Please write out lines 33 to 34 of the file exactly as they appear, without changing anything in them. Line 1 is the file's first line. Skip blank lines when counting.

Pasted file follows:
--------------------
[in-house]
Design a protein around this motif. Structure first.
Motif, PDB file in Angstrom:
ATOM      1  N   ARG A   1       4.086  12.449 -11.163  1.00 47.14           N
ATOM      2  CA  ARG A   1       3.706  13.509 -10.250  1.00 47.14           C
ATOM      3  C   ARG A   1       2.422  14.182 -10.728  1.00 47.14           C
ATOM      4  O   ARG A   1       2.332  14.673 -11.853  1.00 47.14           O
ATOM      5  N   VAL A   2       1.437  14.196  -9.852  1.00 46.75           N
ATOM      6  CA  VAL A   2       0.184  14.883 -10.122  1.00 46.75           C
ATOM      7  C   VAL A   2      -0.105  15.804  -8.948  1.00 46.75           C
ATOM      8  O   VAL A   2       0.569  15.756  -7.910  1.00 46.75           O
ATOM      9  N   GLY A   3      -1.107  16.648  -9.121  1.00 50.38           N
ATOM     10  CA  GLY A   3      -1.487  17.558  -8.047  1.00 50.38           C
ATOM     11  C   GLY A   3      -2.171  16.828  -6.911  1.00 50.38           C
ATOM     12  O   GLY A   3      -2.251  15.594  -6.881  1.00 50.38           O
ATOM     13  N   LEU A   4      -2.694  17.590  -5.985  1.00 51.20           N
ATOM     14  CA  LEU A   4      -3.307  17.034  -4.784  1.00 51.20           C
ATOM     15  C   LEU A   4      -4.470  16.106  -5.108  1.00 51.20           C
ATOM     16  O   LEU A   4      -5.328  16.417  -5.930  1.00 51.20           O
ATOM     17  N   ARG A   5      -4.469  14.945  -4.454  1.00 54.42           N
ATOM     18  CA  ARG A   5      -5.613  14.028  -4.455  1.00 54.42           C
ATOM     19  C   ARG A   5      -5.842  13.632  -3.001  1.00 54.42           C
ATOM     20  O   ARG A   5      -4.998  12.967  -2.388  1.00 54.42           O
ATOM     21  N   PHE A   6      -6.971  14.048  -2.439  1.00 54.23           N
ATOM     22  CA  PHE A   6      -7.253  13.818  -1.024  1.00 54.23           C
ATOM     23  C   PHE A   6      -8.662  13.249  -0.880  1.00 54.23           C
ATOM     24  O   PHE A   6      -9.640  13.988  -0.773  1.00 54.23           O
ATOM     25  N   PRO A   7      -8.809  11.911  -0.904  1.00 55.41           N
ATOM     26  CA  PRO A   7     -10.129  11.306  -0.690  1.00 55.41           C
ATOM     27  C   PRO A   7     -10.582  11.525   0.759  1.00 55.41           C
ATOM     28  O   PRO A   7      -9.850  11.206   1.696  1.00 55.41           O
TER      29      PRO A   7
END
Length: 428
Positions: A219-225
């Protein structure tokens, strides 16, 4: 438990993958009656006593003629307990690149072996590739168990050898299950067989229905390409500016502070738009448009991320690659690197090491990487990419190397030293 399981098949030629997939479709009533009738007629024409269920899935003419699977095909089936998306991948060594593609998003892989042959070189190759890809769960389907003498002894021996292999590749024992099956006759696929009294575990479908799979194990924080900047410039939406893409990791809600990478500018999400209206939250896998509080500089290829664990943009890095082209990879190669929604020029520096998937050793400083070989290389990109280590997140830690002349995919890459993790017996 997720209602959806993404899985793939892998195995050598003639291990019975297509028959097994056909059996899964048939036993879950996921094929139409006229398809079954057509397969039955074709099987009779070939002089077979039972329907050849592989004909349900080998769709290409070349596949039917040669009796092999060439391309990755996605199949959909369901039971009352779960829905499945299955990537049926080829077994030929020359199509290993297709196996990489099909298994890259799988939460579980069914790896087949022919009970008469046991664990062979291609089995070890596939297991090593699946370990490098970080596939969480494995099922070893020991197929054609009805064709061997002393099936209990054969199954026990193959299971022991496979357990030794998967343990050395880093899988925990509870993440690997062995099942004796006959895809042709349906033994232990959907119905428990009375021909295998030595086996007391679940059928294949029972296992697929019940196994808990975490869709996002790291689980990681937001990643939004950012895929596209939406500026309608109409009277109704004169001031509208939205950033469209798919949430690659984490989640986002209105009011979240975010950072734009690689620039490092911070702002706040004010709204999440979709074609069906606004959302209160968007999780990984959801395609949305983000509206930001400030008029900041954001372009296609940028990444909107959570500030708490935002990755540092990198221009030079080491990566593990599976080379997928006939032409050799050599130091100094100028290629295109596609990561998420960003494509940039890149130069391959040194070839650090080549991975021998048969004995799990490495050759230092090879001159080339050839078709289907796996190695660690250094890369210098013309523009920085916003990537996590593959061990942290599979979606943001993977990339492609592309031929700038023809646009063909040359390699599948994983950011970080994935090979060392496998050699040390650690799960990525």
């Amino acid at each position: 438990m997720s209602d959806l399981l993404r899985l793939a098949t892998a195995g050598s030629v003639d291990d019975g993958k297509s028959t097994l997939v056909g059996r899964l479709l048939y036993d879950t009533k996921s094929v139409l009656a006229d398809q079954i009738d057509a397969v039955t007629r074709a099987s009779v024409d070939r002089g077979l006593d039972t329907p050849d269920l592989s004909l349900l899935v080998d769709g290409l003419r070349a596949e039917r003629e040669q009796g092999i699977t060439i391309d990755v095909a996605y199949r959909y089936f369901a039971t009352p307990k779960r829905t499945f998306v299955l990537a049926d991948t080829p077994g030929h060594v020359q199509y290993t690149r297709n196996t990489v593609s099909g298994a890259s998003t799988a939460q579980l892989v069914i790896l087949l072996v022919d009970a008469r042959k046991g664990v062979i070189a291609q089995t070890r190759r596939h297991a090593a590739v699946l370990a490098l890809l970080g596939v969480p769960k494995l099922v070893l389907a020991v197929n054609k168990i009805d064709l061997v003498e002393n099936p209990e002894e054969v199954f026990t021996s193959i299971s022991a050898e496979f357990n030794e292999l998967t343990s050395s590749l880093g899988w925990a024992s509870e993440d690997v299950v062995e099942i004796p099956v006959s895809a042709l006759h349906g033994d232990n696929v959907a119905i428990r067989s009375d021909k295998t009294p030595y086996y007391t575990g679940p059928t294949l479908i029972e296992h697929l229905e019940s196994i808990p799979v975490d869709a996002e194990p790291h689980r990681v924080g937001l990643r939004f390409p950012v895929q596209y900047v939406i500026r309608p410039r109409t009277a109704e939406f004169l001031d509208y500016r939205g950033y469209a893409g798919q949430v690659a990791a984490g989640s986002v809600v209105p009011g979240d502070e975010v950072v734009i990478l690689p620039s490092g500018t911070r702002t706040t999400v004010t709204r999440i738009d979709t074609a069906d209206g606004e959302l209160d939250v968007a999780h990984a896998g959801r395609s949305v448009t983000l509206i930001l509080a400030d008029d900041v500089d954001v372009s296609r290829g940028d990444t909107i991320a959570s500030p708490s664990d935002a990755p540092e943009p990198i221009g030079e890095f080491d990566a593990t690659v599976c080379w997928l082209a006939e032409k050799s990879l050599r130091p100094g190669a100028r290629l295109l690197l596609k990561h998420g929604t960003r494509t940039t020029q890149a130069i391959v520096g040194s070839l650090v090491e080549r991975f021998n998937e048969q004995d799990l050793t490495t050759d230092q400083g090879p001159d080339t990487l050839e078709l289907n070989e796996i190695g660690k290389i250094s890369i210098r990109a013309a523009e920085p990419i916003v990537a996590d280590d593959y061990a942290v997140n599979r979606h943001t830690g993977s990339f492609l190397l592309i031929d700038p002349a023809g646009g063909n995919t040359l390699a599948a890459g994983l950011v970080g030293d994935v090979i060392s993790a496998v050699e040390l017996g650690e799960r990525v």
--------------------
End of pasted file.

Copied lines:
END
Length: 428